Posts Tagged ‘cessation debt’

David Davison

The Security Obsession

In an earlier bulletin entitled ‘The Cessation Plot thickens’ I highlighted something of an anomaly in LGPS practice around security which I’d like to explore a bit further.

Firstly, I will consider an example of an admitted body looking to close off to accrual to better manage risk. Prior to doing this let’s assume that the organisation has £1m of accrued liabilities and £800,000 of assets covering them so a deficit of £200,000. The organisation is building further liabilities of £50,000 a year. Contributions for these new liabilities are £20,000 a year so each year the net position is worsening by £30,000 (excluding any investment return).

As an active employer the Fund has not taken any security so the Fund and therefore other participating employers are exposed to additional risk as liabilities continue to build.

If the admitted body was permitted to close to future accrual of benefits the accrued benefits are no worse pre and post the change (they will likely be lower afterwards if the link to salary on past benefits is removed), so why should security be required when none was previously in place. In addition a proportion of the contributions which were being used to build additional benefits in the Fund could be used to pay down the existing benefits rather than build up new ones. Let’s assume some of the £20,000 is needed to buy replacement benefits in another scheme so only £15,000 is available as a contribution. This will therefore reduce the deficit over time thereby reducing the risk to the Fund. This can only be good for all concerned and further supportive of the view that no security is needed.

So, why is there an obsession for Funds to get access to security on scheme change? It’s probably because they’re using it as an excuse to do so! A bit of a reality check is needed.

It’s potentially reasonable for Funds to look for security if some additional flexibility is being offered, such as access to a higher risk investment fund where the deficit risk could increase but without this the default position should be that additional security should not be necessary.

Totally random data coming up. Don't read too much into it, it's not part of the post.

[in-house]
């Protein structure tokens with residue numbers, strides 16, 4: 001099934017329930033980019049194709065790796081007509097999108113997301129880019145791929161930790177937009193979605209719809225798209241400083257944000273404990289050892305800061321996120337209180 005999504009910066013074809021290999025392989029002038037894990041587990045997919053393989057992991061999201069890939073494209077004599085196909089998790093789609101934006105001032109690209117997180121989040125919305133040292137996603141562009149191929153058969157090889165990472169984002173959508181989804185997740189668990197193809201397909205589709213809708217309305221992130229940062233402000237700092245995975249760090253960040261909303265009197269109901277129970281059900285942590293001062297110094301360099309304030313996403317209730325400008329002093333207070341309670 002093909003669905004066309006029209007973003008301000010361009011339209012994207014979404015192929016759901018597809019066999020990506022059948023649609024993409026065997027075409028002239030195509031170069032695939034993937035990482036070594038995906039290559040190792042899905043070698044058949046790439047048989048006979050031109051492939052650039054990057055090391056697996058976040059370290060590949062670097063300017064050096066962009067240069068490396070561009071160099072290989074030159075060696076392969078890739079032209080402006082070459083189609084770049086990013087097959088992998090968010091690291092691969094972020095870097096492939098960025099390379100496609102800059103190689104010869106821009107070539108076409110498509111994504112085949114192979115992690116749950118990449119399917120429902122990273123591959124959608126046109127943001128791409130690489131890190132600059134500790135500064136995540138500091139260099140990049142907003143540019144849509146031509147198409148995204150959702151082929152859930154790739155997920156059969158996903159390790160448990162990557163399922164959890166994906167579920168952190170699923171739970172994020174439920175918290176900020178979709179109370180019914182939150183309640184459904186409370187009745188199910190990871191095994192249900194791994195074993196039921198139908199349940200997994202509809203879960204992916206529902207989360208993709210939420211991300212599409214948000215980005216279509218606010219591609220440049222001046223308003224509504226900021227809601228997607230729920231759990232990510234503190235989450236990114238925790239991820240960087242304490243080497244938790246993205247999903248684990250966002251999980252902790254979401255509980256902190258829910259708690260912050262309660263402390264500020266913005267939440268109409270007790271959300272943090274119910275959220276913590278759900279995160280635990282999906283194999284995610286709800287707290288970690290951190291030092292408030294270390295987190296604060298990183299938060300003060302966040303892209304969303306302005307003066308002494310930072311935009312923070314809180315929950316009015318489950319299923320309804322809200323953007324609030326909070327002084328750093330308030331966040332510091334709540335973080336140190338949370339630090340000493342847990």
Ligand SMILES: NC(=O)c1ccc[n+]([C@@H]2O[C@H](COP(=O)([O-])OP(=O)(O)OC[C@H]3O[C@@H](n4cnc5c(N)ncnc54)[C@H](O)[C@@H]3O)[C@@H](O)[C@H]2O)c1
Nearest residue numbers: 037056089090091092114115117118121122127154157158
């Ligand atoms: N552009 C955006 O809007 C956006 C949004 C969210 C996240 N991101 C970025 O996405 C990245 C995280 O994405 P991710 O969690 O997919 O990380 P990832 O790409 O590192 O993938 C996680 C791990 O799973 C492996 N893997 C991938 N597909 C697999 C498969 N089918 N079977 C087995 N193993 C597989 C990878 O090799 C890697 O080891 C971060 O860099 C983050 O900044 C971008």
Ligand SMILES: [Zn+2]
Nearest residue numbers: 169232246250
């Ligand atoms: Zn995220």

So if you’re being pushed for security by a Fund you may need to ask a few more questions, especially as any arrangement of this type is likely to be time consuming and expensive to arrange.

In my view there should be clear and consistent guidelines which Funds employ in relation to the provision of security. Some Funds are adopting a more pragmatic and indeed enlightened approach to the issue of security and it can only be hoped that others will begin to follow suit, especially if admitted bodies ask the right questions.

David Davison

The question I’m asked about most often is about the cost of exiting a LGPS, as for most charities the costs can come as a bit of a surprise. One organisation I worked with recently had a small surplus at their last actuarial review and in their accounts, but when a couple of their staff left unexpectedly they were immediately hit with a bill from the fund in excess of £500,000, pretty much wiping out all their assets and placing them on the brink of insolvency. So what do you need to know?

Should you run out of active members in your LGPS fund (and not be in a position to add any new ones, for example if you have a closed agreement or a local authority contract has come to an end) under the LGPS Regulations the fund must commission the Fund Actuary to complete a cessation valuation. Whilst the Regulations do not prescribe how this calculation should be carried out, the actuaries undertaking the calculation will use very prudent ‘least risk’ assumptions based on gilt yields. This will result in liabilities being much higher than is the case on either a funding or accounting measure. Often this is the first point that an admitted body may be aware of this liability, as unfortunately numerous funds still do not provide organisations with an annual estimate of the potential cessation debt.

The conservative approach taken reflects that once an organisation exits an LGPS, the fund cannot pursue them for any extra money if the cost of providing members’ benefits is higher than expected. The fund therefore wants to make sure that there is a minimal risk that other employers in the fund would be responsible for paying for any of these exiting liabilities. As such the approach is a protection for all. However, what has been called in to question more recently is whether the basis adopted is reasonable, and indeed suitable in all circumstances. What is clear however, is that there is a great reluctance on the part of the funds to change, not surprisingly.

Whilst the approach to calculating a cessation debt across Funds, and across the various fund actuaries, tends to be consistent, the circumstances in which it applies can vary significantly. For example, some funds offer public sector out-sourcers ‘pass through’ protection, which means that any cessation debt is calculated on the much lower on-going funding basis. Other funds recognise where the last employer has inherited significant liabilities from a public sector body, and will account for these by ensuring that the public sector body picks up their fair share. Unfortunately, though the vast majority of funds do not.

Some funds are prepared to negotiate around the cessation amount payable, subject to affordability and the term of any repayment. However, in most circumstances these negotiations need to be conducted in advance of any formal debt trigger / calculation.

Admitted bodies therefore need to be aware of their situation and look to plan for it, as far in advance as possible, as allowing a cessation event to just happen could have catastrophic implications for the charity.

In my next bulletin I’ll consider why change should be considered.

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